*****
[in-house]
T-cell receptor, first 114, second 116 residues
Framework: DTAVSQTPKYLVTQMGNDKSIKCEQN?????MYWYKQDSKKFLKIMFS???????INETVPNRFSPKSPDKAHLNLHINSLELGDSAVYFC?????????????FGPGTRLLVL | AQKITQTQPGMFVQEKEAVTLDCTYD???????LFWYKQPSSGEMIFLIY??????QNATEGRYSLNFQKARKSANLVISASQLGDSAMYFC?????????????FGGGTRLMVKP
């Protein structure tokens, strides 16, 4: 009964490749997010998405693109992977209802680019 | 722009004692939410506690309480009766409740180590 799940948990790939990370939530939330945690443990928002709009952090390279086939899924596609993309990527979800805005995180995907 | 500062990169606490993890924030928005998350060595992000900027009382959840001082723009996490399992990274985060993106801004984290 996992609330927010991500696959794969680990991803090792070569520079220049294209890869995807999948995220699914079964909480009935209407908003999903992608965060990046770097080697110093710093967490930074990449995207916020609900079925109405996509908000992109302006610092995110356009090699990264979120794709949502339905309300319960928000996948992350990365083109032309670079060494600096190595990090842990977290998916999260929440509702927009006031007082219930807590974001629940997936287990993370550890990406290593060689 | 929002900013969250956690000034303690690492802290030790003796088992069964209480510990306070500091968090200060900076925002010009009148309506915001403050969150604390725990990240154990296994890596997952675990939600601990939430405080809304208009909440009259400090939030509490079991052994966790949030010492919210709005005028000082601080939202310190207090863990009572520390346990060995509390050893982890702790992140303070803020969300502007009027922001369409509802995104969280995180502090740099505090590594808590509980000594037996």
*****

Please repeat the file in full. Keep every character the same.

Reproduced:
[in-house]
T-cell receptor, first 114, second 116 residues
Framework: DTAVSQTPKYLVTQMGNDKSIKCEQN?????MYWYKQDSKKFLKIMFS???????INETVPNRFSPKSPDKAHLNLHINSLELGDSAVYFC?????????????FGPGTRLLVL | AQKITQTQPGMFVQEKEAVTLDCTYD???????LFWYKQPSSGEMIFLIY??????QNATEGRYSLNFQKARKSANLVISASQLGDSAMYFC?????????????FGGGTRLMVKP
């Protein structure tokens, strides 16, 4: 009964490749997010998405693109992977209802680019 | 722009004692939410506690309480009766409740180590 799940948990790939990370939530939330945690443990928002709009952090390279086939899924596609993309990527979800805005995180995907 | 500062990169606490993890924030928005998350060595992000900027009382959840001082723009996490399992990274985060993106801004984290 996992609330927010991500696959794969680990991803090792070569520079220049294209890869995807999948995220699914079964909480009935209407908003999903992608965060990046770097080697110093710093967490930074990449995207916020609900079925109405996509908000992109302006610092995110356009090699990264979120794709949502339905309300319960928000996948992350990365083109032309670079060494600096190595990090842990977290998916999260929440509702927009006031007082219930807590974001629940997936287990993370550890990406290593060689 | 929002900013969250956690000034303690690492802290030790003796088992069964209480510990306070500091968090200060900076925002010009009148309506915001403050969150604390725990990240154990296994890596997952675990939600601990939430405080809304208009909440009259400090939030509490079991052994966790949030010492919210709005005028000082601080939202310190207090863990009572520390346990060995509390050893982890702790992140303070803020969300502007009027922001369409509802995104969280995180502090740099505090590594808590509980000594037996």